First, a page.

Thursday, November 20, 2008

Study on Pathogenicity of the Aspergillus species in experimentally immunosuppressed mice


Recent years have witnessed dramatic changes in man’s environment and his immune defenses. Increasing incidence of secondary infections due to opportunistic fungi such as Aspergillus has been noted. Members of the genus Aspergillus are ubiquitous in nature and can survive under various conditions. Aspergillus, a conidia bearing fungus cause multiple diseases in human. These diseases include invasive aspergillosis, aspergilloma, different forms of hypersensitivity diseases, etc. The rising incidence of these infections in patients has been attributed to the widespread use of multiple antibacterial antibiotics, corticosteroids, irradiation, cytotoxic and other immunosuppressive drugs in clinical practice, increased incidence of acquired immunodeficiency syndrome (AIDS), autoimmune diseases and diabetes, coupled with stressful life styles. The literature abounds with reports of pathogenic potential of the Aspergillus species and the role of various predisposing factors on the susceptibility of host to these opportunistic fungal infections, demonstrated in experimental animals (Sidransky et al., 1965, Ford and Friedman, 1967, Sandhu et al., 1970, White, 1977, Thurston et al., 1979, Hassan and Selim, 1983, Chattopadhyay et al., 1994, Atasever et al., 2004, etc.). But todate not much work has been done on the pathogenic potential of Aspergillus isolated from processed and ready to eat milk product. This study was undertaken to study the pathogenicity of a strain of Aspergillus isolated from khoa and to observe that whether cortisone would alter the susceptibility of mice to the pathogen after the intraperitoneal administration of spores of Aspergillus spp.

Material and Methods

Aspergillus spp. was isolated from a khoa sample procured from a retail shop in Mhow. The fungus was tested for its pathogenicity in the immunocompromised host. Spore suspension for inoculation was prepared by growing the organism on Potato dextrose agar medium at 22oC until profuse sporulation had occurred, usually in 4 to 6 days. The spores were harvested by addition of sterile normal saline with 0.1% of Tween 80 and shaking with glass beads. Tween 80 was added to spore suspension to avoid their clumping. Large particles were allowed to sediment under gravity and the supernatant spore suspension was decanted. After counting in a hematocytometer chamber a definite number of spores were used for inoculation.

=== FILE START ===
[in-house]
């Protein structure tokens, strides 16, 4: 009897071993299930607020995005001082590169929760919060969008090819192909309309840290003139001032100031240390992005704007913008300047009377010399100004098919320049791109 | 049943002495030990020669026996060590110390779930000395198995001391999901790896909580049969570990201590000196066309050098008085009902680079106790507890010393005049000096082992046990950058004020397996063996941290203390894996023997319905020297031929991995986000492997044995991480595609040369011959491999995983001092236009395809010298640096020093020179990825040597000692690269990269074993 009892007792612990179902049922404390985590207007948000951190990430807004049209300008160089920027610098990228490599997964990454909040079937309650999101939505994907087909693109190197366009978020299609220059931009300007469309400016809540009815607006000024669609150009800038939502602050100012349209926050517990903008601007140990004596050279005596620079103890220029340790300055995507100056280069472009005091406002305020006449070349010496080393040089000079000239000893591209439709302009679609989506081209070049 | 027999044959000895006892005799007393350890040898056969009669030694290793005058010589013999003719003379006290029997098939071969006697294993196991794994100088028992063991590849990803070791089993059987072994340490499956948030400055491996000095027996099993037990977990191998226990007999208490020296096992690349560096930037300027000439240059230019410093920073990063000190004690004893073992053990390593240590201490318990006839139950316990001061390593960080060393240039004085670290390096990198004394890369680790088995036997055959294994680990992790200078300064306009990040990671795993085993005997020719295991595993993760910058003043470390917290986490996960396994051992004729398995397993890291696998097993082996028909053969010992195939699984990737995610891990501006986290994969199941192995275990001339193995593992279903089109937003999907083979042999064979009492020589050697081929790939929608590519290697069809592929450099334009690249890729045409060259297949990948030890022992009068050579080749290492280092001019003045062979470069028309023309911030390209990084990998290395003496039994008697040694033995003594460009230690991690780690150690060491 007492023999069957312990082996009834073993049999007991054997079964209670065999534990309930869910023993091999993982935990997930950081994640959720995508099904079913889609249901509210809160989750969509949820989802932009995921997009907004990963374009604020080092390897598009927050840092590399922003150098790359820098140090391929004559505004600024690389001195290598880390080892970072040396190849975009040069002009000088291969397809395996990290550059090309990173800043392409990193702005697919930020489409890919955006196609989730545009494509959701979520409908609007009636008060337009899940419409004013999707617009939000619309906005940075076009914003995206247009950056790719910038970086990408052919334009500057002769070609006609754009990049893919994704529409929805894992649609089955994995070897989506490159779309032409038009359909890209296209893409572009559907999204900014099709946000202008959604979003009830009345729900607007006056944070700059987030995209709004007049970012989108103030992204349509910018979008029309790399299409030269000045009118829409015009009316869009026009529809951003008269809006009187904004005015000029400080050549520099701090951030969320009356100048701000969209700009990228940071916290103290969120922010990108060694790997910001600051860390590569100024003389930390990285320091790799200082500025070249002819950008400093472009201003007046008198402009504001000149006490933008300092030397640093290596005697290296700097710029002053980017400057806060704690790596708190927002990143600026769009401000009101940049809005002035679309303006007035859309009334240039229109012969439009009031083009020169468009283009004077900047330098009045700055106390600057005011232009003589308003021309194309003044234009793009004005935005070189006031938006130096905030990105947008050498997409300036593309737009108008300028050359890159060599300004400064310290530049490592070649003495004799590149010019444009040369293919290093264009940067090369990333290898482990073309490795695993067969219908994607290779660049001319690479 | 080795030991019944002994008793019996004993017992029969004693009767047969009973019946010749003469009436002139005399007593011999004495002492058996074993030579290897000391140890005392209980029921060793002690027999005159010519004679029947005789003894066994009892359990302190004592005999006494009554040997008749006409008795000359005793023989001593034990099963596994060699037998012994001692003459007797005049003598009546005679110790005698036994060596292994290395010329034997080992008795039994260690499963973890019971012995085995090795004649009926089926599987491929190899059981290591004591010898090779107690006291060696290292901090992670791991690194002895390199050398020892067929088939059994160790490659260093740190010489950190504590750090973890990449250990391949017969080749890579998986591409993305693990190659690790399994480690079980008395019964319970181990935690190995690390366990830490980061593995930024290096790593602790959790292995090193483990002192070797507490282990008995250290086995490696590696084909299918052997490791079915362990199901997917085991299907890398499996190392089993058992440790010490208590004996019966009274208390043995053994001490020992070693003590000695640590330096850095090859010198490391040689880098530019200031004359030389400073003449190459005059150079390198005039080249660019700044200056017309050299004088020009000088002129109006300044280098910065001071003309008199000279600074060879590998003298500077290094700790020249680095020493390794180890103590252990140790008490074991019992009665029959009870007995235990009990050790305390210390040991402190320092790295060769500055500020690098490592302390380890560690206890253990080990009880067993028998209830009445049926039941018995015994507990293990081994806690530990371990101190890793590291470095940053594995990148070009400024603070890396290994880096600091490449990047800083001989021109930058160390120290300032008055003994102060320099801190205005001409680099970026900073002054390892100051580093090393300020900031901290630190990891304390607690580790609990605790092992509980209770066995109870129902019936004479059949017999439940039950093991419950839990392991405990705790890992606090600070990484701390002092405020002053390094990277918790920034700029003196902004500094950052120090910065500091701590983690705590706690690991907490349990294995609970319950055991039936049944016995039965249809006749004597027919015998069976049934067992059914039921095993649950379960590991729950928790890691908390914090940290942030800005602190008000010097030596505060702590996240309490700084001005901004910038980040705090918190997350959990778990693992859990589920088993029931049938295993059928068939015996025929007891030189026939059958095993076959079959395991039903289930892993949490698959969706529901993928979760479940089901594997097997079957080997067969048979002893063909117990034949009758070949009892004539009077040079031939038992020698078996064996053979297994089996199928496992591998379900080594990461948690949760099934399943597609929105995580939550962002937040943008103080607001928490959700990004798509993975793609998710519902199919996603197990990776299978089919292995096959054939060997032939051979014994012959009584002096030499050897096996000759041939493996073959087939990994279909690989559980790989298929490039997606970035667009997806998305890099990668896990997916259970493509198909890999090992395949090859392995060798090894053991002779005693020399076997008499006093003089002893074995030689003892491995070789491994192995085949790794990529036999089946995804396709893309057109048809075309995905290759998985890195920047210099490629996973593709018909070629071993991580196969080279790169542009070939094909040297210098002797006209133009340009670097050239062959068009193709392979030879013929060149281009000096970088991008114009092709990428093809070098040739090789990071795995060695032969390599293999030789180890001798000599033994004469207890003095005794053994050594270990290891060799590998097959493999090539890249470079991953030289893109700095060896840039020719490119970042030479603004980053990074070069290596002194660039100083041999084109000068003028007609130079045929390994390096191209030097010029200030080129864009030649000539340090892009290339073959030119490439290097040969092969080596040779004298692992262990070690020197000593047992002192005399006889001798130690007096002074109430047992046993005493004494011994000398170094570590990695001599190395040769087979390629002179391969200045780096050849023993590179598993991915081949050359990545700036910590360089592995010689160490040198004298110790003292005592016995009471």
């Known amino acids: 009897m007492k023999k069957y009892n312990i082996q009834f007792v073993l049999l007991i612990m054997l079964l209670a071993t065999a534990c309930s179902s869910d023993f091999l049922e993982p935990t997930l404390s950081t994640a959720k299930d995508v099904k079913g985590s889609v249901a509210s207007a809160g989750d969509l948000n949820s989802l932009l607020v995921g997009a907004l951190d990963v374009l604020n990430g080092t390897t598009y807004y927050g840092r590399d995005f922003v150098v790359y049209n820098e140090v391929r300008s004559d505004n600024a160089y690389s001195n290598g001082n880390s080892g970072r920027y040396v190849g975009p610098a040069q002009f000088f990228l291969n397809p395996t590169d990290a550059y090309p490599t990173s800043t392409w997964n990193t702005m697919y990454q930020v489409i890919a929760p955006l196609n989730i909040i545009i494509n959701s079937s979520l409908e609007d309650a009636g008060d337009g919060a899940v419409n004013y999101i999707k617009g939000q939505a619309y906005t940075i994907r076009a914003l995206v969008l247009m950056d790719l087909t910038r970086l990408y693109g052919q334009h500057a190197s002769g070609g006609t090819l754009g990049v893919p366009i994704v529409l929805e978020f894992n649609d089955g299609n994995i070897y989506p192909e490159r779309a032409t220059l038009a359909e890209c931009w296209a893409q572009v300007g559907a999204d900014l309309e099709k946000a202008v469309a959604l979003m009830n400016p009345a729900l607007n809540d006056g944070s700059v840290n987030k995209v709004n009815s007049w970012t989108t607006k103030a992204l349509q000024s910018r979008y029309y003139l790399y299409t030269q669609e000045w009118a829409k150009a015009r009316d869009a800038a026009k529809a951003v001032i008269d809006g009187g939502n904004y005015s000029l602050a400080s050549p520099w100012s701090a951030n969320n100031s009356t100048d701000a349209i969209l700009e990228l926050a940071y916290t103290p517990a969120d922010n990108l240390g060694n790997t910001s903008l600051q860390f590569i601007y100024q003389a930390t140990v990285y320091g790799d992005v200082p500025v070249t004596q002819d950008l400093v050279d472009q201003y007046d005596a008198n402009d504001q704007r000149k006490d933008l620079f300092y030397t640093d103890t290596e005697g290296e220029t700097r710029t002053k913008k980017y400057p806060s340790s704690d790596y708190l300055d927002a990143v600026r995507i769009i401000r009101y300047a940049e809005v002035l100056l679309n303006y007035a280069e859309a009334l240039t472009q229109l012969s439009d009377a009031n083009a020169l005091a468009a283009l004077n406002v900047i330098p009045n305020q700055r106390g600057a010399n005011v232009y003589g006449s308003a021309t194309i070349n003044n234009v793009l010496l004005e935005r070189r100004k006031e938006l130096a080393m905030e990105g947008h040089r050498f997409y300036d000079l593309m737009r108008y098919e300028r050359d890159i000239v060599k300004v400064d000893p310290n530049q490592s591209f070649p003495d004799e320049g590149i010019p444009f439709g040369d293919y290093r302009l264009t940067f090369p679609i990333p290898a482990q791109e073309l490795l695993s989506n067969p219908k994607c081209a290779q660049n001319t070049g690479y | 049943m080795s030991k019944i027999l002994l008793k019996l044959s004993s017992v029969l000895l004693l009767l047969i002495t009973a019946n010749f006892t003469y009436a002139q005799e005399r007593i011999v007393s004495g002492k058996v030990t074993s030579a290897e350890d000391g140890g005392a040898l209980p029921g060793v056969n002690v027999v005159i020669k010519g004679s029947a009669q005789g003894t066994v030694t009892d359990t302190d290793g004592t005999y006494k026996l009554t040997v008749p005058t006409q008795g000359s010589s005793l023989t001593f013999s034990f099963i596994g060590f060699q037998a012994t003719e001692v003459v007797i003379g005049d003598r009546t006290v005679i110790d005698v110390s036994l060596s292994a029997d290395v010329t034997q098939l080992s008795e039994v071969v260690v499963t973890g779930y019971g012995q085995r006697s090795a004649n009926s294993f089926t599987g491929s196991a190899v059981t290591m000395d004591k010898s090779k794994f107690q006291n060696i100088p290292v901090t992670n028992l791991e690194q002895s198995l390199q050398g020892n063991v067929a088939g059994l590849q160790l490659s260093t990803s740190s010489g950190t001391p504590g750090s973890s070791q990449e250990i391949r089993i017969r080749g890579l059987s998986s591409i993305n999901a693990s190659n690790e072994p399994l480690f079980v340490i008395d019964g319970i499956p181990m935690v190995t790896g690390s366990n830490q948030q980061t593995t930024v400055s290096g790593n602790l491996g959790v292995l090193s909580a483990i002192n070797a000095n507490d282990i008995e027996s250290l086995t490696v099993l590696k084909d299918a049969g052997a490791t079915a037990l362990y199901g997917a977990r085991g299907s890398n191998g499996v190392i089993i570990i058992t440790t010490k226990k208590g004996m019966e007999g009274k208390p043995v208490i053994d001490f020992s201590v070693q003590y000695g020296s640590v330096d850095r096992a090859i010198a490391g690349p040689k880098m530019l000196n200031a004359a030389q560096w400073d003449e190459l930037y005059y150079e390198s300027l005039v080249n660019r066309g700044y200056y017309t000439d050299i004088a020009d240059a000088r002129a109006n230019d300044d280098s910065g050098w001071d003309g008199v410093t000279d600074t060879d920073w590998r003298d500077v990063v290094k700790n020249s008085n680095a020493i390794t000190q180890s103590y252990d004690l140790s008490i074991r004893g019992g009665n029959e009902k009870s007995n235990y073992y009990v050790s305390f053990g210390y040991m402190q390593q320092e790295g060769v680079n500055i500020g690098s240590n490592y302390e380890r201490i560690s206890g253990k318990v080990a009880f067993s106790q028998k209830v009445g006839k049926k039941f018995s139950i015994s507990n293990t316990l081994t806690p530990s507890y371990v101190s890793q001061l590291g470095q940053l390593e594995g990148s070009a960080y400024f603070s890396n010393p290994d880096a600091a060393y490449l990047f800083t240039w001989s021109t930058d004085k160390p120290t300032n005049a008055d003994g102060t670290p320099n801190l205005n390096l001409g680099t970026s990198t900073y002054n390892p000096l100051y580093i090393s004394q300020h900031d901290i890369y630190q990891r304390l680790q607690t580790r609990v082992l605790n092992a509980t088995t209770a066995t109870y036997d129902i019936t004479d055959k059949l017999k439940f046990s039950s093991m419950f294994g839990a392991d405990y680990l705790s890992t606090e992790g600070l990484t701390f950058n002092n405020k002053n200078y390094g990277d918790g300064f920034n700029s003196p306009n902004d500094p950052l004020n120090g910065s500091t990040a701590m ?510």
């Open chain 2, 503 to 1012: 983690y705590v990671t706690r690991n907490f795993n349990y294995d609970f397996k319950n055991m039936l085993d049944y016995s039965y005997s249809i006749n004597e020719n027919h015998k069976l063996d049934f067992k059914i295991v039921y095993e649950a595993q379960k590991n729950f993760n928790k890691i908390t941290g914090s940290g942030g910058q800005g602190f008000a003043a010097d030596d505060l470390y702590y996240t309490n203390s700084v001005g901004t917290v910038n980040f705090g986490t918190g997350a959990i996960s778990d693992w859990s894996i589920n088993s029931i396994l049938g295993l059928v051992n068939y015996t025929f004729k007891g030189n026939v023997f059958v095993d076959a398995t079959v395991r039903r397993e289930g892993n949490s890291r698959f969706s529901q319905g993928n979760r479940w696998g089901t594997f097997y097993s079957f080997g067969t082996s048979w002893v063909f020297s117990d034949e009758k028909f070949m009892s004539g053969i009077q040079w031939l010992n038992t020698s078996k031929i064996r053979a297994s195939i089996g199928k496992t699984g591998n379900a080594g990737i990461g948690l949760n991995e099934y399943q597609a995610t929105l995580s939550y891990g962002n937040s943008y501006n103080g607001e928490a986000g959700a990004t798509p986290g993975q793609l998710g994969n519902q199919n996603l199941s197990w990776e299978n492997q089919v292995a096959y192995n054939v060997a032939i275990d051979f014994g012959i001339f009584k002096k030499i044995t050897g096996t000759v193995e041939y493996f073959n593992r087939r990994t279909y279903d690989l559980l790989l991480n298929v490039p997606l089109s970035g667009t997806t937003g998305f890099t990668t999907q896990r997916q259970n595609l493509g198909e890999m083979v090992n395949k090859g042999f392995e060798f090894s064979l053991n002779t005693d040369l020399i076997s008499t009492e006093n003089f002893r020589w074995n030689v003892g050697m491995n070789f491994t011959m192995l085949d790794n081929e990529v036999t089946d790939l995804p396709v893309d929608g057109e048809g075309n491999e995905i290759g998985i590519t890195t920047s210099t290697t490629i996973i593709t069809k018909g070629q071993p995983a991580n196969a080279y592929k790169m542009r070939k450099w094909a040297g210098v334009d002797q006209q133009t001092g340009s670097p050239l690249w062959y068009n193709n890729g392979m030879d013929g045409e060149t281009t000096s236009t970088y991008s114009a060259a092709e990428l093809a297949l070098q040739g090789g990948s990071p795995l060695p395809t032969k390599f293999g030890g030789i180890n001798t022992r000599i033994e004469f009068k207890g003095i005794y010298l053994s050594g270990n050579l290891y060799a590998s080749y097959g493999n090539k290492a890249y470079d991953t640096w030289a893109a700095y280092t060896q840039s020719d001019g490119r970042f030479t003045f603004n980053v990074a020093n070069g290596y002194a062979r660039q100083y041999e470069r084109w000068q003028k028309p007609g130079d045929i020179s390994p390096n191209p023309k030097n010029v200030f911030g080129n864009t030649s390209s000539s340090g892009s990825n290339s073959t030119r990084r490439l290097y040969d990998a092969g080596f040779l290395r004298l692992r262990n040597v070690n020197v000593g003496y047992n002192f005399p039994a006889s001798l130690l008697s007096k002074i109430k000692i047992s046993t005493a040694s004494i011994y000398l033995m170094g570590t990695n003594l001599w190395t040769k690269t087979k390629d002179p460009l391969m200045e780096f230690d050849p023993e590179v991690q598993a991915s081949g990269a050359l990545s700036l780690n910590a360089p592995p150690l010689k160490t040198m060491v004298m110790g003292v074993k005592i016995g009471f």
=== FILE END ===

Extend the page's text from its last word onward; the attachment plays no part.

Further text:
Swiss albino mice weighing about 18-20g, bred in the small animal house of Institute of animal health and biological products, Mhow, were purchased for the study. Treated mice received 5 mg hydrocortisone, subcutaneously for 2 days before the spores were injected. 5 x 106 number of spores were injected in mice via intraperitoneal route. Untreated control mice were injected with same number of spores via same route at the same time as the cortisone treated mice.

Mice with and without treatment by cortisone were also inoculated with spores previously heated at 103oC for 24 hours. Their non-viability was confirmed by failure to grow on potato dextrose agar medium.

The rooms and cages used for housing the animals were thoroughly cleaned time to time. The animals were reared under strict hygienic conditions during and before infecting them. All the animals were adjudged to be healthy. The animals were provided with food and water ad libitum. The animals were observed daily for any morbidity or mortality. The mice died were necropsied within a short time.


On intraperitoneal inoculation of spores of Aspergillus spp. in mice, the mortality was found in mice pretreated with hydrocortisone. Deaths occurred between three to ten days after exposure to spores of Aspergillus spp. Untreated or non - immunosuppressed mice were resistant to infection. On necropsy, lesions of visceral aspergillosis were observed. The parietal and serosal peritoneum appeared moist. Adhesions between visceral organs were found. Yellowish grey colour granulomas or abscesses were found in liver and kidneys. Heat killed spores produced no evident lesions in control or experimental mice.


Mice are normally resistant to infection with Aspergillus and other saprophytic fungi. Hence, they are suitable animals for testing the possible role of cortisone drug in reducing resistance (Sidransky and Friedman,1959).In choosing the immunosuppressive regimen, corticosteroids were selected because of their profound effect on macrophage function, immobilization of phagocytes, stabilizing their lysosomes, diminished phagocytosis, low antibody production or impairment of antigen-antibody interaction in accordance with Louria and Brown (1960), Weissmann (1964) and Spreadbury et al. (1989).

The result of this study, which reveal that the administration of cortisone enhances the susceptibility of mice to the spores of Aspergillus spp. Being injected intraperitoneally, are consistent with earlier reports of Sidransky et al. (1972). Also, in conformity with his observations on Aspergillus sp., the fungal infection in the cortisone treated mice was found confined to the liver and kidney. Cortisone treatment would seem to impair the defenses, which prevent conidial germination, and also presumably those defenses that remove the conidia, which germinate. It therefore appears that host defenses exist in these organs and are inhibited by the cortisone treatment.


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by : Chhabra, D.1 and Dhakad, N.K.2
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